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The University of Otago declined to make a decision on fossil fuel divestment following a tense debate at its council meeting yesterday.
Two letters from a group of prominent academics urging the university to publicly divest from fossil fuels were included in the agenda of yesterday's meeting.
Zoology Prof Liz Slooten said the university should include an anti-fossil fuel investment statement in its investment policy, believing ''[it would] send a very important message''.
Victoria University of Wellington is the only New Zealand university that has divested.
At yesterday's meeting, vice-chancellor Prof Harlene Hayne was sceptical about the push for divestment, given the strict rules university investments have to follow.
Under those rules, the university would not be able to directly invest in the fossil fuel industry even if it wanted to, she said.
''Divesting requires investing in the first place ... I'd be very concerned about the fact that we would be making an announcement that has no teeth.''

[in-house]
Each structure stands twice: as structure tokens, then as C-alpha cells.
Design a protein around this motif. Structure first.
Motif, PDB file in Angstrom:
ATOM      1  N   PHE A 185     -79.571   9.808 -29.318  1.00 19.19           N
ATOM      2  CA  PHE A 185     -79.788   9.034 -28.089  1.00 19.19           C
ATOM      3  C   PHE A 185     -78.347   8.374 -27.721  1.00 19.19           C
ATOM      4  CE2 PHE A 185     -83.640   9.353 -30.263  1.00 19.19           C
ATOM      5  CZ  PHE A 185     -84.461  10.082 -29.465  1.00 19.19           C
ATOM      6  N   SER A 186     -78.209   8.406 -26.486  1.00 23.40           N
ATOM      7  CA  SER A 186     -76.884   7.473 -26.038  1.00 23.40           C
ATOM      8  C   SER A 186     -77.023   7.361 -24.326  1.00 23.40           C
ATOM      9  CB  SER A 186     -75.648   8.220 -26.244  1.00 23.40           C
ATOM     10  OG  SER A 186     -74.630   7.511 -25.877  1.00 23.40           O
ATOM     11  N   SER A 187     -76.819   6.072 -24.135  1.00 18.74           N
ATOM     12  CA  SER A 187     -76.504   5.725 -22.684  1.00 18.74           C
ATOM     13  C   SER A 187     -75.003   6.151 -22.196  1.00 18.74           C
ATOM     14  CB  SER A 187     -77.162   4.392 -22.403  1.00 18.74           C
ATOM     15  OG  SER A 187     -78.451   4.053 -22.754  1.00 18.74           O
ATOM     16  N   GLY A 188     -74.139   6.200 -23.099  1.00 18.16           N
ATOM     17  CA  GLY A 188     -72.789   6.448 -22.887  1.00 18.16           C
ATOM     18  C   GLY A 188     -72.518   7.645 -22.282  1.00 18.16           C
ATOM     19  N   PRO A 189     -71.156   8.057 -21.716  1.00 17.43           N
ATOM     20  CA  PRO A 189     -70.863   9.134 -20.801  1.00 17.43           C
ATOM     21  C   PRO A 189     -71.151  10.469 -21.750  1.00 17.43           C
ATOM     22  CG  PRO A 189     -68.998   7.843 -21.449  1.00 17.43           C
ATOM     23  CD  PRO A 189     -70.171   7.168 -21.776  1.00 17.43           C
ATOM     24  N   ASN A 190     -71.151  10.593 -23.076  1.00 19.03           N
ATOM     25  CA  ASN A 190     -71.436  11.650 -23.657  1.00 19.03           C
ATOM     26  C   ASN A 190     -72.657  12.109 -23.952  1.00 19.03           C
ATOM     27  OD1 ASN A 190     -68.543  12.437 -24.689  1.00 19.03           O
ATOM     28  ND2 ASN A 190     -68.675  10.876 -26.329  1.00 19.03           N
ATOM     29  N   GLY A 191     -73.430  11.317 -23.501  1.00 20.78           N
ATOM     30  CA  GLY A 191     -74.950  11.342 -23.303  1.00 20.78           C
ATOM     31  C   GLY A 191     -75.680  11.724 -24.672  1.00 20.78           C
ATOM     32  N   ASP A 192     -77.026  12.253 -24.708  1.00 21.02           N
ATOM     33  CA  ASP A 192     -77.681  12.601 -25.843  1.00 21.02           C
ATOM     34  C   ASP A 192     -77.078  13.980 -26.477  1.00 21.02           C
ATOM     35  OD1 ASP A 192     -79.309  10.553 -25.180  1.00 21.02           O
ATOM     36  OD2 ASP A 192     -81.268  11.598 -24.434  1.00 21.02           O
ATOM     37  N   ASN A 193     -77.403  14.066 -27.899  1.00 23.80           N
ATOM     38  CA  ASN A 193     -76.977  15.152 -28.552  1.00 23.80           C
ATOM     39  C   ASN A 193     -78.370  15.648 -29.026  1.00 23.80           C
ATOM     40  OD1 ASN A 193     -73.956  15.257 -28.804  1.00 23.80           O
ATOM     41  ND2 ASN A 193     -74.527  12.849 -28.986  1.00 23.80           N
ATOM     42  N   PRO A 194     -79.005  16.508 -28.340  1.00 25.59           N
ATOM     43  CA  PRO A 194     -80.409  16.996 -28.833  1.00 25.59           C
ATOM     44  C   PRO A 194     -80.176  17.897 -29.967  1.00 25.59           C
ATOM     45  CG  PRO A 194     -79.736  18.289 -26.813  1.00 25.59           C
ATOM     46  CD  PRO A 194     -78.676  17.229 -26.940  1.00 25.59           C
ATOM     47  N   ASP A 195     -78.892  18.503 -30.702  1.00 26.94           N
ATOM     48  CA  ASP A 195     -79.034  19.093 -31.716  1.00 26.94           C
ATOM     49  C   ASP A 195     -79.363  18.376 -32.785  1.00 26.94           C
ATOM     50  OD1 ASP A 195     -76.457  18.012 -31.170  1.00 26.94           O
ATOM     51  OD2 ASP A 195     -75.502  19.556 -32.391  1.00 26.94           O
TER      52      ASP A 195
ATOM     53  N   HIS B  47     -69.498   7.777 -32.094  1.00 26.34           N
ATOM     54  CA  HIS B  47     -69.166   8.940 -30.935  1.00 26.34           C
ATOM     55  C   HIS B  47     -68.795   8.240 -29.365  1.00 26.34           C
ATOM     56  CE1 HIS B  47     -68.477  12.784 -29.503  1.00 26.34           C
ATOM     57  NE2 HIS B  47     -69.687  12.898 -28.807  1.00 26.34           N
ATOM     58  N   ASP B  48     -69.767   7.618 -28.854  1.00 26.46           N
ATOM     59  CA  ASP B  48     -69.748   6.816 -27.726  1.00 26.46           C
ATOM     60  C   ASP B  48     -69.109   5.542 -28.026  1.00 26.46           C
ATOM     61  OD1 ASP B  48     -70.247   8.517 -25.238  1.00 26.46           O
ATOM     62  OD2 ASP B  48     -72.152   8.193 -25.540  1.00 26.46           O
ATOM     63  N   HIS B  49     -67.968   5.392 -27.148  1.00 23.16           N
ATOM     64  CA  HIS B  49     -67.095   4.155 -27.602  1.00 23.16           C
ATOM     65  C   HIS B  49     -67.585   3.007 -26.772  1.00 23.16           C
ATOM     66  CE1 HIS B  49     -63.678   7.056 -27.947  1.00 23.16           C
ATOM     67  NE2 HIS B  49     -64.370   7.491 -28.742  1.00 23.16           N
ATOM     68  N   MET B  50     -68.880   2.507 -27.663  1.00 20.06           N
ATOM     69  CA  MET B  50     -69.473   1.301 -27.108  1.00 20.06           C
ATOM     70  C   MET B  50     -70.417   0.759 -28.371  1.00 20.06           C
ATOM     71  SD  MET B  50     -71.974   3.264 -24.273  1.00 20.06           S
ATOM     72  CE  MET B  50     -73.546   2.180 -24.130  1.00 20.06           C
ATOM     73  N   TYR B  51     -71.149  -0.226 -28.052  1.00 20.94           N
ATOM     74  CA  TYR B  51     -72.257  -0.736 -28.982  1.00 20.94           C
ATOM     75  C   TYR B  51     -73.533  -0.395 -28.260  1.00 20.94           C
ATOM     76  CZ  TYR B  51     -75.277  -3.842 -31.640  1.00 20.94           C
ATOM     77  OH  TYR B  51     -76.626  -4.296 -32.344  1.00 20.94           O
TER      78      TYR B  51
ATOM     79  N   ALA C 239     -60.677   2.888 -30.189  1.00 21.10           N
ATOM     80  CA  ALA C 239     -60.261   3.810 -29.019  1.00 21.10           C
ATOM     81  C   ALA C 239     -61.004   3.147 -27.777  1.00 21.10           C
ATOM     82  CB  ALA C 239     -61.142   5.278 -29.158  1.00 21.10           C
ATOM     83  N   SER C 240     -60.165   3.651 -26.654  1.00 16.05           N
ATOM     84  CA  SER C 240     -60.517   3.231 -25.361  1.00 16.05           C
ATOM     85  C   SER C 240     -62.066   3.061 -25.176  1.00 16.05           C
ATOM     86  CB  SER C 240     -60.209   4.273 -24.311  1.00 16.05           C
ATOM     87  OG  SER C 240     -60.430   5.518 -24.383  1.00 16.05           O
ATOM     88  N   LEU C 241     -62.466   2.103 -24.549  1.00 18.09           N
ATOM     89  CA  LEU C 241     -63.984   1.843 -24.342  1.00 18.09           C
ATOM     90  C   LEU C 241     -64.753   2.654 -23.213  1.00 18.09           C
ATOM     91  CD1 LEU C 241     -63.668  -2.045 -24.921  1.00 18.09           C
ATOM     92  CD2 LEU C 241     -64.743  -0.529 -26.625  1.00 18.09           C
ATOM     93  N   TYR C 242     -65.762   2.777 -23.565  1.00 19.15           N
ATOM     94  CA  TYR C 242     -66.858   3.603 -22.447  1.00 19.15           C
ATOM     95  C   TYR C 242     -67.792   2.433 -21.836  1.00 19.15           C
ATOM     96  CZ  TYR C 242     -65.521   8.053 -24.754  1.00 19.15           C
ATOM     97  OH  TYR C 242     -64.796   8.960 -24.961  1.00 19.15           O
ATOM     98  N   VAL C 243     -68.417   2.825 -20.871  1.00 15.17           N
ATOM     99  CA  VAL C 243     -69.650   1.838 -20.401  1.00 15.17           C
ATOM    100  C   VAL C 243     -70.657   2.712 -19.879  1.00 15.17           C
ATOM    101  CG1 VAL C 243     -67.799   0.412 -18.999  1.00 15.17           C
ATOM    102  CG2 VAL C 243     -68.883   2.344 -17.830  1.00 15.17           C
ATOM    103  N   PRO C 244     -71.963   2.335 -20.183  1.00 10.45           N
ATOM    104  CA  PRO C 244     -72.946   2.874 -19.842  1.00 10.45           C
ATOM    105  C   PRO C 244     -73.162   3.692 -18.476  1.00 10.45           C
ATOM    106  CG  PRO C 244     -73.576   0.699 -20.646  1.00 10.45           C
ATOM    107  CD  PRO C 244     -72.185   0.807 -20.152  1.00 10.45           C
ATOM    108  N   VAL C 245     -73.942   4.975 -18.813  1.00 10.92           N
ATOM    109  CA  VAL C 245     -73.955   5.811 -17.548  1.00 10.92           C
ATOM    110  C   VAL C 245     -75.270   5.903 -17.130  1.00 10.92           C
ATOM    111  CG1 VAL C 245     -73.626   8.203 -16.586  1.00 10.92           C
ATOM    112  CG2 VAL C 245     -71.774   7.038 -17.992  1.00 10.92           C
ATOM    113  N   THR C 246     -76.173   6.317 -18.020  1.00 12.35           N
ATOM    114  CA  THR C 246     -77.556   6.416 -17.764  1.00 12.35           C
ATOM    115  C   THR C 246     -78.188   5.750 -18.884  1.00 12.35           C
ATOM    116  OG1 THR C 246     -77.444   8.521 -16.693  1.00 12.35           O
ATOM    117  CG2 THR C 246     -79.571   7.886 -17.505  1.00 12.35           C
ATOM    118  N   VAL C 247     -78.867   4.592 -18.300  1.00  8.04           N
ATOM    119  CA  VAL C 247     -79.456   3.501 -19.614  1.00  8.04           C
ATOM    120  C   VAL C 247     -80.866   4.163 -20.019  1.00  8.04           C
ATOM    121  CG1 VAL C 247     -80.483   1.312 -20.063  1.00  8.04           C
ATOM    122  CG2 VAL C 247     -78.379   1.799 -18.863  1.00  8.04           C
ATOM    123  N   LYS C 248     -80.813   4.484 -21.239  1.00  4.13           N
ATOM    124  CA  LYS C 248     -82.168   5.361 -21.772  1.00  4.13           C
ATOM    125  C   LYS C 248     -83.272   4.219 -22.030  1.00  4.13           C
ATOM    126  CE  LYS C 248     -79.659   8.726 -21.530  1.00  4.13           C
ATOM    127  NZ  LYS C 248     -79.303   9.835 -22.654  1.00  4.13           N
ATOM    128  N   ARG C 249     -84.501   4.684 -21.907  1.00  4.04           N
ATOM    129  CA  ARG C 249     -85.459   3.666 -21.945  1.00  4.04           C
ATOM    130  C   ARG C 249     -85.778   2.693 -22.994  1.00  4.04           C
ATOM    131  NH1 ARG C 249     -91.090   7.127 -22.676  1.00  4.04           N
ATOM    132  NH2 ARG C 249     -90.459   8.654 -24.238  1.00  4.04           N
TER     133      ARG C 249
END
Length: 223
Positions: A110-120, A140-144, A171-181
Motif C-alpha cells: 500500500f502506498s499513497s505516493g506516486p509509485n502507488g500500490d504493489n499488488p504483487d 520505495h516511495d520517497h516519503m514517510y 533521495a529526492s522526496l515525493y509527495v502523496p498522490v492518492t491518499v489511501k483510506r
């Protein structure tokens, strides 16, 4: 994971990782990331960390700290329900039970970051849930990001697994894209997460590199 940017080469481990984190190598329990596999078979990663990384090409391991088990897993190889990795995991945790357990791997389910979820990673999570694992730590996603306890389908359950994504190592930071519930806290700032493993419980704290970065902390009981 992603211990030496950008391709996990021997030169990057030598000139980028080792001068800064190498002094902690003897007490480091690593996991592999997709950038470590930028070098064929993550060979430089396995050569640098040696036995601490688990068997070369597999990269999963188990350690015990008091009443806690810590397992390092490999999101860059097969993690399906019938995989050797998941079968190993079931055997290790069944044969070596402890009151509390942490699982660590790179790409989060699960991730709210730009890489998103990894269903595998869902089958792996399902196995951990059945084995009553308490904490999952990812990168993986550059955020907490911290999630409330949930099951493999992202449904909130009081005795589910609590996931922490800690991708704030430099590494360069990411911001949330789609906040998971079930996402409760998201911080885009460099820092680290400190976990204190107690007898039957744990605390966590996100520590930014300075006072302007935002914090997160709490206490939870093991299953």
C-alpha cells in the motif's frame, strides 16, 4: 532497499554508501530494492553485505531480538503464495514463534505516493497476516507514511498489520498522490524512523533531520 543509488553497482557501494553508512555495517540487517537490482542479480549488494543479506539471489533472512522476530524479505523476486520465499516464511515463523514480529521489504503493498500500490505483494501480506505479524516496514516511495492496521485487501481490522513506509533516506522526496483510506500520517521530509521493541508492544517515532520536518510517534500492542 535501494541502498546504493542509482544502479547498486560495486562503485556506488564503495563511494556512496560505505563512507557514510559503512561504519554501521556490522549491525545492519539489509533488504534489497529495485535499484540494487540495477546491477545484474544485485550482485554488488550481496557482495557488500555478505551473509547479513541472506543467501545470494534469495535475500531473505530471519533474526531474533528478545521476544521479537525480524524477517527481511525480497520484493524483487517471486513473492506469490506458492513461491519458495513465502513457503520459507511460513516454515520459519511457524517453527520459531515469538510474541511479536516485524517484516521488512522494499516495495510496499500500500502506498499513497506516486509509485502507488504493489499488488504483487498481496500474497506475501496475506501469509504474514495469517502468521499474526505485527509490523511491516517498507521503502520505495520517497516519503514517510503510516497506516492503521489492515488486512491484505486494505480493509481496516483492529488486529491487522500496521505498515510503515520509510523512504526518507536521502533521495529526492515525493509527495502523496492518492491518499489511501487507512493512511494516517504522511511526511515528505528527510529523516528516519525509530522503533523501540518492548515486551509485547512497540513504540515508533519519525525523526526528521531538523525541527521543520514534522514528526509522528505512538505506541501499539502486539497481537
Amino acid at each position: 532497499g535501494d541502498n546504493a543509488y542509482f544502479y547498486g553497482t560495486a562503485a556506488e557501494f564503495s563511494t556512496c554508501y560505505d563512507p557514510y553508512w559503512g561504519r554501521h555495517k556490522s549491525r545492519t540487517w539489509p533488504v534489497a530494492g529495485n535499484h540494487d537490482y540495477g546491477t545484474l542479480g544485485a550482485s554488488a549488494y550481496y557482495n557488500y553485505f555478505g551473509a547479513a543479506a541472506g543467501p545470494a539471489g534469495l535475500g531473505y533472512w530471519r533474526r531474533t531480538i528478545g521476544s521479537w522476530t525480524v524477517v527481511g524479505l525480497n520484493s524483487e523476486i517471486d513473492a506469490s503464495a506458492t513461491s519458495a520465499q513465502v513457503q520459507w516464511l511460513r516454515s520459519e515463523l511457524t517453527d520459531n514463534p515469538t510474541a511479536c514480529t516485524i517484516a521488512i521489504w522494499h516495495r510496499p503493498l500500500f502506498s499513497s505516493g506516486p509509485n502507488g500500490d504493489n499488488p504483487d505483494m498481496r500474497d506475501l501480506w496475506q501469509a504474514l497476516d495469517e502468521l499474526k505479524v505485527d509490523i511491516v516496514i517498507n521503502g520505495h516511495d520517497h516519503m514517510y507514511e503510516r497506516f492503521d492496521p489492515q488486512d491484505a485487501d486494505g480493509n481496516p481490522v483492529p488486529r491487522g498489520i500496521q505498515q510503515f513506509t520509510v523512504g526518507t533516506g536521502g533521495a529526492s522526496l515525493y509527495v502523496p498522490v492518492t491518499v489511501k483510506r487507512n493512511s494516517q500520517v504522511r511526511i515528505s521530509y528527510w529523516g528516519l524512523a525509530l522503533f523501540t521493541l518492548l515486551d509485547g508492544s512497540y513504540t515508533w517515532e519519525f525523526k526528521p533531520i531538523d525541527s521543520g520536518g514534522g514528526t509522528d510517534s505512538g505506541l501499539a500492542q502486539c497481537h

Announcing divestment would be ''more of a puppet show'' than a true indication of the university's position on climate change, she said.
But Prof Slooten argued the university should take a stand on divestment nonetheless.
And even under the strict rules the university had to follow, it could still invest in a fossil fuel-related venture if that venture was driven by intellectual property developed by the university, she said.
''[Changing the investment policy] would avoid future problems,'' she said.
''It's a very simple request.''
After about 20 minutes of discussion, Prof Hayne said it was clear most council members agreed with the sentiment behind the push for fossil fuel divestment.
But divestment did not seem the best way to express that sentiment, she said.
''Let's look at actual real ways we can put the university's intellectual might behind [climate change and other] issues, rather than what we're being asked to do here today.''
At the conclusion of the debate, Prof Slooten prepared to put the issue to a vote, then changed her mind.
She instead suggested revisiting the issue at a future council meeting so divestment advocates could ''come up with a more appropriate proposal''.
Student group Otago Uni Divests, which compiled a 1300-signature petition for divestment that was presented at yesterday's meeting, said the meeting was ''really frustrating''.